The recent report from the 21st Century Infrastructure Commission does not, contrary to some accounts, justify $4 billion in new spending on infrastructure.
By JAMES M. HOHMAN
Michigan’s 21st Century Infrastructure Commission recently came out with a report that made 107 recommendations to improve the state’s telecommunications and transportation networks, energy supply, drinking water and sewers. Media and state pundits jumped on it, claiming it says that Michigan needs $4 billion each year in extra infrastructure spending. But that’s not exactly what the report says.
Most of the report’s recommendations focus on managing existing infrastructure better. Some 74 recommendations will not require new spending. These include comprehensive planning and more coordination among agencies that control infrastructure. So the report wisely recognizes that improving infrastructure is more than just spending money to build new stuff.
But some of those recommendations are empty or just plain confusing. Consider this one: “To enhance community resiliency and optimize costs, the Michigan (DEQ) and (DNR) should facilitate the development of tools that enable stormwater and wastewater system owners, managers, and operators to fiscally and operationally manage green infrastructure through asset management plans.” It’s unclear to me what this means or what it calls on the Department of Environmental Quality or Department of Natural Resources to do, let alone why this recommendation will help.
When the report calls for more spending, it is often for projects that aren’t really infrastructure. For example, it asks for $20 million annually to “promote Michigan as the focal point of the global intelligent vehicle industry.” Marketing a niche industry is a much different project than reconstructing roads.
Of the 33 recommendations to spend more money, only 11 actually call for spending more money on infrastructure. For example, it calls on the Department of Transportation and the Michigan Economic Development Corporation to “advance Michigan’s intelligent vehicle industry.” It gives no details about how that should be done, only that it will cost $2 million.
Other parts of the report are objectionable. It says that the state has set a target of producing 30 percent of its energy from renewable sources. That’s odd, considering that voters rejected a proposal to increase the existing mandate to 25 percent in 2012 — and by a margin of 62-38.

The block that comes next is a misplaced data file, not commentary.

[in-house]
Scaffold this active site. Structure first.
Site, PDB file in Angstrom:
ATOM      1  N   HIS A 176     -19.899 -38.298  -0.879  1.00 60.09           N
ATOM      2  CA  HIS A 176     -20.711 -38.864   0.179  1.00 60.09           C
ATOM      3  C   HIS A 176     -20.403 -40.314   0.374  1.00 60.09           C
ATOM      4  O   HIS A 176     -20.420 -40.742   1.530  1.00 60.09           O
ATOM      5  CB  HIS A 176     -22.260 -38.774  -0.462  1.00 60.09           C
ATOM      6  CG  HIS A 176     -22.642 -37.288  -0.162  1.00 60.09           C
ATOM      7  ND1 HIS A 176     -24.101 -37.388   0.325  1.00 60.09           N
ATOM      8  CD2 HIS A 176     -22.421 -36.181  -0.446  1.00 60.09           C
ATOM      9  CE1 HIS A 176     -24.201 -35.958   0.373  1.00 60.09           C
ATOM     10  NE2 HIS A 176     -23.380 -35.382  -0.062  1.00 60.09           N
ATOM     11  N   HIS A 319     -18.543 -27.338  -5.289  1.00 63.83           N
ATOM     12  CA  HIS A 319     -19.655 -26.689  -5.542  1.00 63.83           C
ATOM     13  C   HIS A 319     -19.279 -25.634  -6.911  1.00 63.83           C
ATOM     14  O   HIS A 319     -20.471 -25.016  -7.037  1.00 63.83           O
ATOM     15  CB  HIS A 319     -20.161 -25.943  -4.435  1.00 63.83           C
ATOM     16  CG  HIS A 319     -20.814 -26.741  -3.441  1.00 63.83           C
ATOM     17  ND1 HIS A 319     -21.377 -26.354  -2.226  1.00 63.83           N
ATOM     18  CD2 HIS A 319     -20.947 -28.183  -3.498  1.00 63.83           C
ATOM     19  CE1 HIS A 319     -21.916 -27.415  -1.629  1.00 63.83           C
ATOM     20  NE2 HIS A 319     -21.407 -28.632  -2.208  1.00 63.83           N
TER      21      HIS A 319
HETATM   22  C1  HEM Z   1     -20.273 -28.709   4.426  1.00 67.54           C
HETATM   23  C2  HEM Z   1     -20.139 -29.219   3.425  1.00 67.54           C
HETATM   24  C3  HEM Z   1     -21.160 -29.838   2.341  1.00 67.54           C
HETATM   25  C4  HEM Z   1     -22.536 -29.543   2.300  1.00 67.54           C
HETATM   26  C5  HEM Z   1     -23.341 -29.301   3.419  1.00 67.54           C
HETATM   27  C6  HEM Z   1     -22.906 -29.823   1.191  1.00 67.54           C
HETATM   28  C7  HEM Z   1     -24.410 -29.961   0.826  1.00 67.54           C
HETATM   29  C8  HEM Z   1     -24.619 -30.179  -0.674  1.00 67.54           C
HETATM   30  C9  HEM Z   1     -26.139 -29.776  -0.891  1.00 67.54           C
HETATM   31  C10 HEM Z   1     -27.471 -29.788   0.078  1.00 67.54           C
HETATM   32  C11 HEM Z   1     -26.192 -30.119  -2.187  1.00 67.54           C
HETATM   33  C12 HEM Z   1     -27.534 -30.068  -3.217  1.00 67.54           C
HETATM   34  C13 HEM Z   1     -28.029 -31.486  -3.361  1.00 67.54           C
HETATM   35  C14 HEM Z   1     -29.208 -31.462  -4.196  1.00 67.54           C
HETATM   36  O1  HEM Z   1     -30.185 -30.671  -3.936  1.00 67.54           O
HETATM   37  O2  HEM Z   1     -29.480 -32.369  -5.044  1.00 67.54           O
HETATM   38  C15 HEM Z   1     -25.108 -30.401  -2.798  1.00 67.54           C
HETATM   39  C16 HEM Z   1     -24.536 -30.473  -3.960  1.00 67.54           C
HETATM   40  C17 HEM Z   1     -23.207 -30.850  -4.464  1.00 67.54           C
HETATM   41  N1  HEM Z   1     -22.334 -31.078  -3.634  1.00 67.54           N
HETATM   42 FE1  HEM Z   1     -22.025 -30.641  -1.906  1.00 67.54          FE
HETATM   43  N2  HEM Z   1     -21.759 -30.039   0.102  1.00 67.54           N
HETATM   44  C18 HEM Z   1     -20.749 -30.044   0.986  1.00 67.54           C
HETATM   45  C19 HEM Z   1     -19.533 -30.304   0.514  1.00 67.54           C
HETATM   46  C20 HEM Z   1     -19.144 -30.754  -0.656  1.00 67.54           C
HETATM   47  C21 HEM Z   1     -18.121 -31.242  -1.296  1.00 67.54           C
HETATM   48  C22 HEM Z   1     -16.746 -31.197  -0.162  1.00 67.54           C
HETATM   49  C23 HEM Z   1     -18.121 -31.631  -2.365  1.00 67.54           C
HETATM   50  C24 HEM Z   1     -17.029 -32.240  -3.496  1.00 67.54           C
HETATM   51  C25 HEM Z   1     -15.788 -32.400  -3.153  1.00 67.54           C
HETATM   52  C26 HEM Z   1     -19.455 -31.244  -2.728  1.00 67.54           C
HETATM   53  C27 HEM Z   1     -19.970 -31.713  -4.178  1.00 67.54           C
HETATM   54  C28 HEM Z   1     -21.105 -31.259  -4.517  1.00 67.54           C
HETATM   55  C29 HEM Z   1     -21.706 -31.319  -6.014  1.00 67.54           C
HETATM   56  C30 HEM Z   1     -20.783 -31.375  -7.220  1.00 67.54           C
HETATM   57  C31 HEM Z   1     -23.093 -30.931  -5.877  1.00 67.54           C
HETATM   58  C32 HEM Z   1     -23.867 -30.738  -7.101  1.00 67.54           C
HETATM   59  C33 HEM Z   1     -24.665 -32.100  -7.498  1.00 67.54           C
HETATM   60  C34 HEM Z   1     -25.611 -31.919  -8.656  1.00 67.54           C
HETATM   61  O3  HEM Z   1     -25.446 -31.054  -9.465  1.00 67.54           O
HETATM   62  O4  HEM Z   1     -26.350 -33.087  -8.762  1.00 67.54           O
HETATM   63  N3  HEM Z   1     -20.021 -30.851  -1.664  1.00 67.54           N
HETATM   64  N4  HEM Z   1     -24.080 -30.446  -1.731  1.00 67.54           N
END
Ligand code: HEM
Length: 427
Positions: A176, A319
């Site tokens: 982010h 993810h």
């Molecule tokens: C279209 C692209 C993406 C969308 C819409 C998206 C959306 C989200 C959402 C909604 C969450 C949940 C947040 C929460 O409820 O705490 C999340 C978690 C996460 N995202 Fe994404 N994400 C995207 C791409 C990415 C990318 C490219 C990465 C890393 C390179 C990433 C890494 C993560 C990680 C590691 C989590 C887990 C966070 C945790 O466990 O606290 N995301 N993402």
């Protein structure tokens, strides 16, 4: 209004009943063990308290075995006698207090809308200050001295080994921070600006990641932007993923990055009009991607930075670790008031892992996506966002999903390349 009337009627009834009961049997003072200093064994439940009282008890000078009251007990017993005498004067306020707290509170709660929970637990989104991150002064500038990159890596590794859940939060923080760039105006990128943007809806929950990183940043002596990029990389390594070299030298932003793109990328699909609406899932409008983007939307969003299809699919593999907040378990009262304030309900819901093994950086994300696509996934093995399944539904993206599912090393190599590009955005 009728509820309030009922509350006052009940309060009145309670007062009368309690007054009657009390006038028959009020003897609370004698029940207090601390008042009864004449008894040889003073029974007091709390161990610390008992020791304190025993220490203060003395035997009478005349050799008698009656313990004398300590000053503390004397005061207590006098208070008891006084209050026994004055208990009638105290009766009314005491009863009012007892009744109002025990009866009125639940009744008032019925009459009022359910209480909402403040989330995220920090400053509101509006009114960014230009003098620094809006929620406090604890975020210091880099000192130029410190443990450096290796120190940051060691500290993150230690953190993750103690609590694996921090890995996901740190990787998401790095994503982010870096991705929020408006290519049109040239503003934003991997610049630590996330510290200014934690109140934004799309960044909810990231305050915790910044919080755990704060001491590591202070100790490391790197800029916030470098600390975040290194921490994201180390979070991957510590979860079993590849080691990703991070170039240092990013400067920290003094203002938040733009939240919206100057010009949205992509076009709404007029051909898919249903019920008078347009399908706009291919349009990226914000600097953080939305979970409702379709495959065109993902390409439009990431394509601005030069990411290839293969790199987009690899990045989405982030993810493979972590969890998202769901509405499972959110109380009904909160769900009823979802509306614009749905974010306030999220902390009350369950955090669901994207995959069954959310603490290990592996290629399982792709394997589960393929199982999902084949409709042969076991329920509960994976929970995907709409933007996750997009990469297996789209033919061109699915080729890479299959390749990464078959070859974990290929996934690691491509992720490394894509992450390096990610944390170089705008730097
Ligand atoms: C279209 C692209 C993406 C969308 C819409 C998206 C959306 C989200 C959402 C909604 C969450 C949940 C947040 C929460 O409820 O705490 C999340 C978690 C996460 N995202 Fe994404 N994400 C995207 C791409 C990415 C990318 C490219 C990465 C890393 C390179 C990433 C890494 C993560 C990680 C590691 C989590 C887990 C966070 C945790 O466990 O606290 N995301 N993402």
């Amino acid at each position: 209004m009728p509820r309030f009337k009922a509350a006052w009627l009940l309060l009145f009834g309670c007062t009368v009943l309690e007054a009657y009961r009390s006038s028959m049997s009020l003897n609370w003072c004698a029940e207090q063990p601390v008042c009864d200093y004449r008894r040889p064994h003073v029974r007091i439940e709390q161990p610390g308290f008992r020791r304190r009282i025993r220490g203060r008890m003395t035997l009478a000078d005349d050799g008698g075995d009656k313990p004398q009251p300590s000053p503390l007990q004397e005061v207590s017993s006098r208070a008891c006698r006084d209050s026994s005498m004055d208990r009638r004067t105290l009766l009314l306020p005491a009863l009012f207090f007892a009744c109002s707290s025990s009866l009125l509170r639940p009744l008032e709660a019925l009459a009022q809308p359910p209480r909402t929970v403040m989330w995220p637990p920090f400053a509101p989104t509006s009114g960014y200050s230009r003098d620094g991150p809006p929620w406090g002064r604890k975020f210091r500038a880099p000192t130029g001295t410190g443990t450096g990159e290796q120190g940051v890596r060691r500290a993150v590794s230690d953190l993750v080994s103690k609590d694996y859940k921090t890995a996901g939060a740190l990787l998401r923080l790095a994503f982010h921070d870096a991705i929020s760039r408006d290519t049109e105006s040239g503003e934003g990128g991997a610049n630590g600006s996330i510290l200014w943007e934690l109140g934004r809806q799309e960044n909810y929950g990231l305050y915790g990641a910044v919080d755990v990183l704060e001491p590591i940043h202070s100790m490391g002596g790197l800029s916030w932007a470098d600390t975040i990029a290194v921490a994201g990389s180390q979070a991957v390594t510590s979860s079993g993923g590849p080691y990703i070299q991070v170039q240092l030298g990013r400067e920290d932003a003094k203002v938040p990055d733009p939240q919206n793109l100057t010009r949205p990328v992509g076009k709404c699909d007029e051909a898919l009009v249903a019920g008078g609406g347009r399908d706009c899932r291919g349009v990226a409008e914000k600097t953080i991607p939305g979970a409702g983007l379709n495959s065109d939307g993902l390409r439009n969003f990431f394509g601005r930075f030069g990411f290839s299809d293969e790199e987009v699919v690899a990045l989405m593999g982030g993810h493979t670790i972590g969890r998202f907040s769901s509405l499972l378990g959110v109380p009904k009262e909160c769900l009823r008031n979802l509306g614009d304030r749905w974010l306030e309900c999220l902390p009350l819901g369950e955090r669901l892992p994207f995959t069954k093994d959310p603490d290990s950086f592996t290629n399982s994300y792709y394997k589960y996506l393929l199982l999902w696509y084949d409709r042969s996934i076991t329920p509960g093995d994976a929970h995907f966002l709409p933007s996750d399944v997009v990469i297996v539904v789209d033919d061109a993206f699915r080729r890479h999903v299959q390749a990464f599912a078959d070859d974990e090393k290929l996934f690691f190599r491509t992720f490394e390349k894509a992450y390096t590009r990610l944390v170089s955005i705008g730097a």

Where the report does call for more spending, it’s important to remember that most new revenue to pay for infrastructure should not come from general taxes. The second-largest spending recommendation in the report is to improve the Soo Locks. Funding for that work should come from fees that ships pay to use the locks. As William B. Newman, Jr. and Jarrett Dieterle write, “User fees are appropriate under a beneficiary-pays principle, which recognizes that commercial lakers like the 1,000-foot vessels transporting iron ore through Sault Ste. Marie derive special benefits from the locks beyond those enjoyed by the general public.”
Indeed, little of the state’s infrastructure is funded by general tax dollars and most is paid by user fees. Local water and sewer agencies have no limits on what they can charge their users, provided that they abide by user fee principles. Communications towers are paid for by charges on the people who use them. The costs of erecting and maintaining power lines are paid by the people who use electricity.
Regulators and managers ought to pursue ways to keep fees and taxes down, but the costs should be paid by the people who actually use the infrastructure. Likewise, imposing costs upon end users has a benefit: The infrastructure that gets built only can be sustained if enough people use it at the price it takes to maintain it.
The report asks taxpayers to spend $2.2 billion in road funding above what was generated by the recent gas and registration tax increases. The report’s recommended figure is odd though, because even tax increases proposed in the ill-fated Proposal 1 of 2015 wouldn’t have generated that much new revenue for roads. Plus, the major roads that carry half the state’s traffic already have good ratings — 84 percent of these roads are in good or fair condition. That’s not to say that the state ought not improve roads, but it does bring up the question of urgency.
Michigan funds its roads with a loose user fee principle. The bulk of payments come from fuel taxes and vehicle registration taxes, which tend to be generated by the people who use the roads. But Michigan has spent general taxpayer dollars on the roads as well, and the federal government borrows money to give to states for their roads, all of which get paid jointly by all taxpayers. State lawmakers have leveraged this loose user fee principle to get a tax hike and redirect some general taxpayer dollars that were spent on the roads to other budget priorities.
All this goes to show that this report makes a very weak case for taking $4 billion from taxpayers and spending that money on infrastructure. There may be room for improvements, but much can be provided under the policies currently in place, and residents should be skeptical of the idea that general taxes need to pay for further infrastructure.
(James M. Hohman is assistant director of fiscal policy at the Mackinac Center for Public Policy, a nonpartisan research and educational institute based in Midland dedicated to improving the quality of life for all Michigan citizens by promoting sound solutions to state and local policy questions.)